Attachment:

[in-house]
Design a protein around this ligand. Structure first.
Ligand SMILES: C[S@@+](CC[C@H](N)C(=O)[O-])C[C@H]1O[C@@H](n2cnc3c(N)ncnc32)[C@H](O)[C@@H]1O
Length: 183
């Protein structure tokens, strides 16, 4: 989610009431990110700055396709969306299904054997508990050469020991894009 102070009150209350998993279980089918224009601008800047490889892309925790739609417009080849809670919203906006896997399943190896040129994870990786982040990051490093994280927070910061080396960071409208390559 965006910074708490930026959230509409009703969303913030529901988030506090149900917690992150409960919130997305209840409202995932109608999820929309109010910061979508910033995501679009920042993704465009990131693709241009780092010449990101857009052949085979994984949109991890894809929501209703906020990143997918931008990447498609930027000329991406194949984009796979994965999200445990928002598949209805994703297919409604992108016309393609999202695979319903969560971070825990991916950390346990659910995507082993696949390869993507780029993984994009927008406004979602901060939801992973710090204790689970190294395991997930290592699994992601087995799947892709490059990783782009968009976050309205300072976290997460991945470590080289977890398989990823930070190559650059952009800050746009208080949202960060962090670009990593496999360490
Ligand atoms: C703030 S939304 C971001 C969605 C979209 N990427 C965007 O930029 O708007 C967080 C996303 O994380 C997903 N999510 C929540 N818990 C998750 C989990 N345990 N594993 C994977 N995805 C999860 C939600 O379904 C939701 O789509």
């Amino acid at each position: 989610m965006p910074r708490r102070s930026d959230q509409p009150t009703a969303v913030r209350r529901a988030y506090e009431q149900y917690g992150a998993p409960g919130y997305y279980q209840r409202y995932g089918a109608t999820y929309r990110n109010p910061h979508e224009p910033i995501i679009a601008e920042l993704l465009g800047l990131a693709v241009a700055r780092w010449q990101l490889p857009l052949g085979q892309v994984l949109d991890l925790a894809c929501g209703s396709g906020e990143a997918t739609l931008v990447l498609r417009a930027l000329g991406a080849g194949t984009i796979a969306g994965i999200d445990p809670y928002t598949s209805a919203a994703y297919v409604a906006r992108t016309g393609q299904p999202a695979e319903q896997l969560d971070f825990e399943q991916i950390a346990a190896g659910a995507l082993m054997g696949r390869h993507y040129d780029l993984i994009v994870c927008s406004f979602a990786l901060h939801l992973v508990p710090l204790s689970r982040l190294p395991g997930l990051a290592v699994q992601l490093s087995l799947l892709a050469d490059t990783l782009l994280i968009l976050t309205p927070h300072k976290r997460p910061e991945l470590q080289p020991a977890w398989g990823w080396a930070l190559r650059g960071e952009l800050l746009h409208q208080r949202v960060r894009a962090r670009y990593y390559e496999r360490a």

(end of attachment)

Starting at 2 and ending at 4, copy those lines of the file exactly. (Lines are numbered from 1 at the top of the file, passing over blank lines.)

Design a protein around this ligand. Structure first.
Ligand SMILES: C[S@@+](CC[C@H](N)C(=O)[O-])C[C@H]1O[C@@H](n2cnc3c(N)ncnc32)[C@H](O)[C@@H]1O
Length: 183